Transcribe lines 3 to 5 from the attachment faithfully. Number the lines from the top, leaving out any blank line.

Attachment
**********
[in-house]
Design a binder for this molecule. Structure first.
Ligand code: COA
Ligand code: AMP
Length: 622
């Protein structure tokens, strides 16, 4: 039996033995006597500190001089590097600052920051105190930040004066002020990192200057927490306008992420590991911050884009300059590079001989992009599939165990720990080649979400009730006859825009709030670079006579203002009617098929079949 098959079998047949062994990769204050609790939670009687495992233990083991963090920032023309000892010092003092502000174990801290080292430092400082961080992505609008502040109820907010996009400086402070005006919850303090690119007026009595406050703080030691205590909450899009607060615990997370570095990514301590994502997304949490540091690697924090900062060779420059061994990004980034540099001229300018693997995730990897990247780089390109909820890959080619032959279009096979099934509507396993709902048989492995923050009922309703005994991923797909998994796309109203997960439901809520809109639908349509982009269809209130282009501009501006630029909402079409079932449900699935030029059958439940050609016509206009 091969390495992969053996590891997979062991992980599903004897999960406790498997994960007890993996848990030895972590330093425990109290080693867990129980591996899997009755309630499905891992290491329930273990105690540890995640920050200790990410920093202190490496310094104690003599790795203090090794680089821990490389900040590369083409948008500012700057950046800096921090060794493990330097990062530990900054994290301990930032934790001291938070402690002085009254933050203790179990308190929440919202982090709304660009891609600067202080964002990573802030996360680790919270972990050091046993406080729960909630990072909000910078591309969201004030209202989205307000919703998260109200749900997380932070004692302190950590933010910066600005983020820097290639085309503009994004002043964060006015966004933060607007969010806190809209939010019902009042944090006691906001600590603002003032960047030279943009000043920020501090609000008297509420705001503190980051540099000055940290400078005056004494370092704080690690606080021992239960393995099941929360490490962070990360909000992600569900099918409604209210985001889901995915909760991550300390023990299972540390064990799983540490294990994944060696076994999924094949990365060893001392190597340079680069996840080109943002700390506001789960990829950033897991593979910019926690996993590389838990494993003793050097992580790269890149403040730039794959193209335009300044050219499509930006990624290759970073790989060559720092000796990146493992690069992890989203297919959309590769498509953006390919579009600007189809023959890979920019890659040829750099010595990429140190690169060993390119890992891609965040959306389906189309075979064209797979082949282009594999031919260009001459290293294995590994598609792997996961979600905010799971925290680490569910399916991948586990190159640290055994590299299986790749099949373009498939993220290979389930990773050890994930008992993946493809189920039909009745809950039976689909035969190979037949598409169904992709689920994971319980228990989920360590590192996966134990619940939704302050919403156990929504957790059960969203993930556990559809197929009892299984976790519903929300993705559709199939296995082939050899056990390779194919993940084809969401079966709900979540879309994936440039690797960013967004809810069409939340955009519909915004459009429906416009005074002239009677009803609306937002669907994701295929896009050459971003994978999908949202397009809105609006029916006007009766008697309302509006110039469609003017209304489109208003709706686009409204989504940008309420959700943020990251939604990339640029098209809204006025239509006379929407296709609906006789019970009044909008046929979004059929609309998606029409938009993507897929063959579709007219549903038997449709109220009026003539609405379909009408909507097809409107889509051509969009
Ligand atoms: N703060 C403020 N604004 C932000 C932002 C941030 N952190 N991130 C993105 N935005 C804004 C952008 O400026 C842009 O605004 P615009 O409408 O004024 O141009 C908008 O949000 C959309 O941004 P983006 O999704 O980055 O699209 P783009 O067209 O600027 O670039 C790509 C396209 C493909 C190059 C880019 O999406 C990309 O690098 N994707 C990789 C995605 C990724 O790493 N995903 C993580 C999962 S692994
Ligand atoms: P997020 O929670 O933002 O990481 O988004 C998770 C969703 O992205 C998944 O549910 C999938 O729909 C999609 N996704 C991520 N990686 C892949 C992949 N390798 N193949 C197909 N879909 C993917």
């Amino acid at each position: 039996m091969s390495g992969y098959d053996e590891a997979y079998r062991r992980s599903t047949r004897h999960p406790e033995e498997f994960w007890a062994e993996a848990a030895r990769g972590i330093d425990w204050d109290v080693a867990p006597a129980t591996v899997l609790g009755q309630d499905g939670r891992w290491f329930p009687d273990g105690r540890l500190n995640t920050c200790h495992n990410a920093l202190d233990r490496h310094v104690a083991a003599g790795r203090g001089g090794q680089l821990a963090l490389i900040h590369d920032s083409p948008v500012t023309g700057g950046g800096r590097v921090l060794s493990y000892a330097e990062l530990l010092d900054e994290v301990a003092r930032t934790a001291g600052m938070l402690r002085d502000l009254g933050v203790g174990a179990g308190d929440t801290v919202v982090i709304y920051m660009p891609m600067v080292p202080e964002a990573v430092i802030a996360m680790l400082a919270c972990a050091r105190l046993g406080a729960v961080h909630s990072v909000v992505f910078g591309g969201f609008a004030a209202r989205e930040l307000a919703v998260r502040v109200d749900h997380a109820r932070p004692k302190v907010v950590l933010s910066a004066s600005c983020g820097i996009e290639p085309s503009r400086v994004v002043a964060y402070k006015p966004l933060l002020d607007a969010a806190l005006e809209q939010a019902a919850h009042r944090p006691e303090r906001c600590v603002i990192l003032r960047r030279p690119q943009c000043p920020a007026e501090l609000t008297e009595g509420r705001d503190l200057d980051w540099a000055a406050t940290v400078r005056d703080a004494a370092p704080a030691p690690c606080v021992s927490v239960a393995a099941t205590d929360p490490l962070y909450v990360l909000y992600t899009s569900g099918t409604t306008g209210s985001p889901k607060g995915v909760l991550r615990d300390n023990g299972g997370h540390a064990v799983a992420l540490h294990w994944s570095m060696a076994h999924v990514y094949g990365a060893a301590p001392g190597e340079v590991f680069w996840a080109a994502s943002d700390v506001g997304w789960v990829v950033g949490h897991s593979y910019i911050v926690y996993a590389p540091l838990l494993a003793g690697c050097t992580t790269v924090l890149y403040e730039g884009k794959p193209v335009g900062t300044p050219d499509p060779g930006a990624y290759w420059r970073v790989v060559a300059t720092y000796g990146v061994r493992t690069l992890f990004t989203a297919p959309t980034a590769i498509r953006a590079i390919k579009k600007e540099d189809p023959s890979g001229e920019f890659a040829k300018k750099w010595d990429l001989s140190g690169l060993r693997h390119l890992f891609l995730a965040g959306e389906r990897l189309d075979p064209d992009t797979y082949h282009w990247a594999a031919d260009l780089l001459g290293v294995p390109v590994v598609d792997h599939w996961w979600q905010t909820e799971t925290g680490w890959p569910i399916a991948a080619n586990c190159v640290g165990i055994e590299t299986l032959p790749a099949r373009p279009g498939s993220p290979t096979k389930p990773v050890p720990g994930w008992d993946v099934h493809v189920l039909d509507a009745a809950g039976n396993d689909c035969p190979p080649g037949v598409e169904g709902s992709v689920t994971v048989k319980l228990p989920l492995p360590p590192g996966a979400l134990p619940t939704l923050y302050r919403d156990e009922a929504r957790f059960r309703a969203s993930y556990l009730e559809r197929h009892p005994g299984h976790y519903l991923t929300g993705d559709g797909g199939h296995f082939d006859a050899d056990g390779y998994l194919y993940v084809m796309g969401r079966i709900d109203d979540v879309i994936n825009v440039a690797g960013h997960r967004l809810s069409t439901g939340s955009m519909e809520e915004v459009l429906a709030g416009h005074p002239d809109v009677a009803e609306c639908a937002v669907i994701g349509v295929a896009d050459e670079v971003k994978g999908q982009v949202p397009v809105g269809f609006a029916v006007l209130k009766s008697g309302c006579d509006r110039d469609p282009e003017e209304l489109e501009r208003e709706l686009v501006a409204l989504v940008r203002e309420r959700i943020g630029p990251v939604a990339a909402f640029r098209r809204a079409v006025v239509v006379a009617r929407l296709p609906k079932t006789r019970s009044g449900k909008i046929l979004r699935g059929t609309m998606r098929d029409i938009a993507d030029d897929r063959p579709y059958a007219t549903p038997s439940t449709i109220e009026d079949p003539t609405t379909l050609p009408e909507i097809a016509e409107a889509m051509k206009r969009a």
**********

Ligand code: COA
Ligand code: AMP
Length: 622